For the year to September 2019, Victory Supermarket Chain had an accrual ratio of -0.12. That implies it has good cash conversion, and implies that its free cash flow solidly exceeded its profit last year. Indeed, in the last twelve months it reported free cash flow of ₪56m, well over the ₪28.4m it reported in profit. Victory Supermarket Chain shareholders are no doubt pleased that free cash flow improved over the last twelve months.

Unfortunately for shareholders, the company has also been issuing new shares, diluting their share of future earnings.

One essential aspect of assessing earnings quality is to look at how much a company is diluting shareholders. Victory Supermarket Chain expanded the number of shares on issue by 5.1% over the last year. That means its earnings are split among a greater number of shares. Per share metrics like EPS help us understand how much actual shareholders are benefitting from the company’s profits, while the net income level gives us a better view of the company’s absolute size. Check out Victory Supermarket Chain’s historical EPS growth by clicking on this link.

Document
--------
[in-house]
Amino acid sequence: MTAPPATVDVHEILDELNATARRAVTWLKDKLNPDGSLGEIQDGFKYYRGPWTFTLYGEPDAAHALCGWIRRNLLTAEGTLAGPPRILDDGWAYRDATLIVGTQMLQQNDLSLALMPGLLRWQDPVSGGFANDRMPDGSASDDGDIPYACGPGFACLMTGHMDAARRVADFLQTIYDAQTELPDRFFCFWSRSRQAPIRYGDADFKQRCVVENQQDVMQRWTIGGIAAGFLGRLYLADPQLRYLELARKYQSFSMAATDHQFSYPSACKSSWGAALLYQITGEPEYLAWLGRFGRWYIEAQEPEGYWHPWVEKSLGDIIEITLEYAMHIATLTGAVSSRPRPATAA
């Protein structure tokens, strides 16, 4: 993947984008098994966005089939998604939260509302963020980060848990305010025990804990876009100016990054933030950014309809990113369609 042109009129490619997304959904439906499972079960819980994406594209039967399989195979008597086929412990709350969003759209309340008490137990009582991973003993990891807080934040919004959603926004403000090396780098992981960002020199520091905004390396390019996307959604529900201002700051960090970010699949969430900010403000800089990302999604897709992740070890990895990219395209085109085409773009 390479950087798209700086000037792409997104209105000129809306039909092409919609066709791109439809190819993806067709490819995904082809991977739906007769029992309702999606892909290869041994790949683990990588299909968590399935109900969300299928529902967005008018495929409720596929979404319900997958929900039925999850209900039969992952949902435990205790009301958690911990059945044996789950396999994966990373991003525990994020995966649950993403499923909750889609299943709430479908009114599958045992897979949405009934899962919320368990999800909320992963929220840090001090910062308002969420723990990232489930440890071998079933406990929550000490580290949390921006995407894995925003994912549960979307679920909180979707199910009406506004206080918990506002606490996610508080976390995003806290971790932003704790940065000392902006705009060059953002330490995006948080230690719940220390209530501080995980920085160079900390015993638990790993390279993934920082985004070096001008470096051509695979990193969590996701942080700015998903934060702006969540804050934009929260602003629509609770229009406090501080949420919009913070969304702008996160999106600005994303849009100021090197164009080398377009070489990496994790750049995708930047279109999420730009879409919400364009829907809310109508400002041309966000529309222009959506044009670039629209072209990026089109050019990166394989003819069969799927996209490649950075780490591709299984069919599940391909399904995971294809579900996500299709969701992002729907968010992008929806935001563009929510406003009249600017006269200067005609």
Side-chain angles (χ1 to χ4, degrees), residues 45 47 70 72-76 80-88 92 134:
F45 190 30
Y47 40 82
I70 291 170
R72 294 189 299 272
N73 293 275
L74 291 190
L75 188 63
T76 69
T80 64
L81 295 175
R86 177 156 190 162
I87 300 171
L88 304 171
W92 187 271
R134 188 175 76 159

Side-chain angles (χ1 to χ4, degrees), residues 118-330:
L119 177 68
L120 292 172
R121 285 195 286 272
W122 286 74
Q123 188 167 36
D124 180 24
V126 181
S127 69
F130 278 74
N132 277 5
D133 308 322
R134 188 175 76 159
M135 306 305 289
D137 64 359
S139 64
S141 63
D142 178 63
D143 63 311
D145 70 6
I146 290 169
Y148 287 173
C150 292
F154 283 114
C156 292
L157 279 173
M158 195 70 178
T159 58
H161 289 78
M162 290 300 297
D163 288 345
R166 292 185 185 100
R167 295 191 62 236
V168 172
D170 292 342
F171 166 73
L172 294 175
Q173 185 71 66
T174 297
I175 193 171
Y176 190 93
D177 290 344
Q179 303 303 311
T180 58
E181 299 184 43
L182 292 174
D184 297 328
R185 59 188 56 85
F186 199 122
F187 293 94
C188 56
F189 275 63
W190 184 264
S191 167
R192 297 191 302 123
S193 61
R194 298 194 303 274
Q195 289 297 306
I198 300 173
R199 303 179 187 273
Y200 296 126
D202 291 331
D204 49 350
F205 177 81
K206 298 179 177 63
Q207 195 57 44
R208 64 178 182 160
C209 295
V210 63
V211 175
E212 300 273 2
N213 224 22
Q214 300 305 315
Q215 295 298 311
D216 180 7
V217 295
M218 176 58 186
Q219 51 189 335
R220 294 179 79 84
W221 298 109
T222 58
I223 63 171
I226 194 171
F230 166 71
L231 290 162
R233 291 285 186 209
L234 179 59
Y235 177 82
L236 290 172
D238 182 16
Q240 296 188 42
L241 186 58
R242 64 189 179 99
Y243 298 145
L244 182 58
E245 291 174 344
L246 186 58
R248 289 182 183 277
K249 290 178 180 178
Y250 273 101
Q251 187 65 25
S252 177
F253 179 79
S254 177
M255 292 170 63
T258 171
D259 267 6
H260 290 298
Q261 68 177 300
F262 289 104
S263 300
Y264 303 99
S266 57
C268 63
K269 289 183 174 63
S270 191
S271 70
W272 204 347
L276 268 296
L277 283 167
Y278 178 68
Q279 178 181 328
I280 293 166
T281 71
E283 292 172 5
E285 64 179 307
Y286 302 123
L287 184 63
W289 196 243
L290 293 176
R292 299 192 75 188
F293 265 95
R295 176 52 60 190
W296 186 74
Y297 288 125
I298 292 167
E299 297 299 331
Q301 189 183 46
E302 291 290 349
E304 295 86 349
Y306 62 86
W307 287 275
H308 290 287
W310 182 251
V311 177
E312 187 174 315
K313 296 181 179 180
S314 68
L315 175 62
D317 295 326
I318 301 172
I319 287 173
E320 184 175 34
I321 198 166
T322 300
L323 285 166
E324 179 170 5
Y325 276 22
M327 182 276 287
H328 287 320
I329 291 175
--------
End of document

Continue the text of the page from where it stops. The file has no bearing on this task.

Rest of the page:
A Look At The Impact Of Victory Supermarket Chain’s Dilution on Its Earnings Per Share (EPS).

As you can see above, Victory Supermarket Chain has been growing its net income over the last few years, with an annualized gain of 21% over three years. But EPS was only up 8.1% per year, in the exact same period. Net profit actually dropped by 14% in the last year. Unfortunately for shareholders, though, the earnings per share result was even worse, declining 18%. So you can see that the dilution has had a bit of an impact on shareholders.Therefore, the dilution is having a noteworthy influence on shareholder returnsAnd so, you can see quite clearly that dilution is influencing shareholder earnings.

In the long term, if Victory Supermarket Chain’s earnings per share can increase, then the share price should too. However, if its profit increases while its earnings per share stay flat (or even fall) then shareholders might not see much benefit. For the ordinary retail shareholder, EPS is a great measure to check your hypothetical “share” of the company’s profit.